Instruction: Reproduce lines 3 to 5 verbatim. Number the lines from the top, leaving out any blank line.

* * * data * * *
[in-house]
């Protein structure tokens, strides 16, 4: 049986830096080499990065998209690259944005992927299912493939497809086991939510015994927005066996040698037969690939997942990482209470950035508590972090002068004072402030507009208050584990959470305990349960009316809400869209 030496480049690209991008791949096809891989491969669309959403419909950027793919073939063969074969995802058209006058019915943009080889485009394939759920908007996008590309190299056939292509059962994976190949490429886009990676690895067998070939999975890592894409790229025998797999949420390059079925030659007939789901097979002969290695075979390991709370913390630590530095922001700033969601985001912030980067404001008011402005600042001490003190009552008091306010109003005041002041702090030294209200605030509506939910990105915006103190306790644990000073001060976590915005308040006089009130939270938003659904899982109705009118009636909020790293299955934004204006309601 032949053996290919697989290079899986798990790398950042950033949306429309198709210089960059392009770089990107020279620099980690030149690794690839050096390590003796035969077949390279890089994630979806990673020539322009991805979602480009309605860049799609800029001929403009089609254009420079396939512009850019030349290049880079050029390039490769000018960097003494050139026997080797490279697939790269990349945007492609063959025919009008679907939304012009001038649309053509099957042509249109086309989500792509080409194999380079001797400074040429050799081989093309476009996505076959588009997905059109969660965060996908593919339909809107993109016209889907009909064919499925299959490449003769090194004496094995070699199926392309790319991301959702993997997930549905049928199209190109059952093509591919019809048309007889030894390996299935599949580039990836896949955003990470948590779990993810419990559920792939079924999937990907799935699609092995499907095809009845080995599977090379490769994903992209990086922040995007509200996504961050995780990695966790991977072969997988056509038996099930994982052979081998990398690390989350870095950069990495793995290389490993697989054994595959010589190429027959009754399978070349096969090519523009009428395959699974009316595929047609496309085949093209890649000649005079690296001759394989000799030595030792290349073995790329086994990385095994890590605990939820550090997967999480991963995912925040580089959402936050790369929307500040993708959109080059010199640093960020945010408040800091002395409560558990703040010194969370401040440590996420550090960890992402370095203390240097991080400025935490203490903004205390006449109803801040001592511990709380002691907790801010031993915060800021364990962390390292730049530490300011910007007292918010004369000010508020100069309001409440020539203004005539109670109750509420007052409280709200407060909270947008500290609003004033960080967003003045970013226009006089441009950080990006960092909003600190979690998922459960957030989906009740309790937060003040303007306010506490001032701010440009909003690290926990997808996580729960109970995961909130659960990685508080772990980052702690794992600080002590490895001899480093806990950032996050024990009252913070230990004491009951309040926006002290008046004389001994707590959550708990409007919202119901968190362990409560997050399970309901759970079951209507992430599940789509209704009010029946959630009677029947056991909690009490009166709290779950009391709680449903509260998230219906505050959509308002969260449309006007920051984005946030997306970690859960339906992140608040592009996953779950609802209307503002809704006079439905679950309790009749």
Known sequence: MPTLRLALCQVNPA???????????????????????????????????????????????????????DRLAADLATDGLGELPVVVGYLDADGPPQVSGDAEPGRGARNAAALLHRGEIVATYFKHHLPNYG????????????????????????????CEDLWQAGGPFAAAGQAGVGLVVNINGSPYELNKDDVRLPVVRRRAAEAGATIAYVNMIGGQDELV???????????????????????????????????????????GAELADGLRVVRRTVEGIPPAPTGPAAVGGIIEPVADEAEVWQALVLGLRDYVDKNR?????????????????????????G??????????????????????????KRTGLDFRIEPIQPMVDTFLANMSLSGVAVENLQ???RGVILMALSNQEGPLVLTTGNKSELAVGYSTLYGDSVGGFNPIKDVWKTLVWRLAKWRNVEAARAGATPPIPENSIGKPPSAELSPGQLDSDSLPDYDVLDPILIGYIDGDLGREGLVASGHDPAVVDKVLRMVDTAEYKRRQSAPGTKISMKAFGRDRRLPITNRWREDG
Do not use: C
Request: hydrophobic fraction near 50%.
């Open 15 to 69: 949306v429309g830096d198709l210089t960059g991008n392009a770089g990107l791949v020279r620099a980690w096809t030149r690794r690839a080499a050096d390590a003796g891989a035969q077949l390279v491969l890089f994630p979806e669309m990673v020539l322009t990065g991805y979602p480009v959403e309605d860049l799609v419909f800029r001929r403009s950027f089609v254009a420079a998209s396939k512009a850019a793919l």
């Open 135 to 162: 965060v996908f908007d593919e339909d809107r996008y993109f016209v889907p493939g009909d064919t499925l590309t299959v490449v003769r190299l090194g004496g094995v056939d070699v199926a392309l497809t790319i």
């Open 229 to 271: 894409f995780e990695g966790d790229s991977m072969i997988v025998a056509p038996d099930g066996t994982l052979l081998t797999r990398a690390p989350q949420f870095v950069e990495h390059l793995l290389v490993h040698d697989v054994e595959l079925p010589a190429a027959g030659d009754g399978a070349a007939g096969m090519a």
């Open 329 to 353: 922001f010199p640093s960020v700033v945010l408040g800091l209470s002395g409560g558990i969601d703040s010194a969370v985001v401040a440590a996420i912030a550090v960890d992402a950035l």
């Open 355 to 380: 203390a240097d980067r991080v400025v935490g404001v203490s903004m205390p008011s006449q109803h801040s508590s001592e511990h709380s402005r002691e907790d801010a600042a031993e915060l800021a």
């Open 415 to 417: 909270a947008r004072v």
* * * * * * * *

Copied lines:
Known sequence: MPTLRLALCQVNPA???????????????????????????????????????????????????????DRLAADLATDGLGELPVVVGYLDADGPPQVSGDAEPGRGARNAAALLHRGEIVATYFKHHLPNYG????????????????????????????CEDLWQAGGPFAAAGQAGVGLVVNINGSPYELNKDDVRLPVVRRRAAEAGATIAYVNMIGGQDELV???????????????????????????????????????????GAELADGLRVVRRTVEGIPPAPTGPAAVGGIIEPVADEAEVWQALVLGLRDYVDKNR?????????????????????????G??????????????????????????KRTGLDFRIEPIQPMVDTFLANMSLSGVAVENLQ???RGVILMALSNQEGPLVLTTGNKSELAVGYSTLYGDSVGGFNPIKDVWKTLVWRLAKWRNVEAARAGATPPIPENSIGKPPSAELSPGQLDSDSLPDYDVLDPILIGYIDGDLGREGLVASGHDPAVVDKVLRMVDTAEYKRRQSAPGTKISMKAFGRDRRLPITNRWREDG
Do not use: C
Request: hydrophobic fraction near 50%.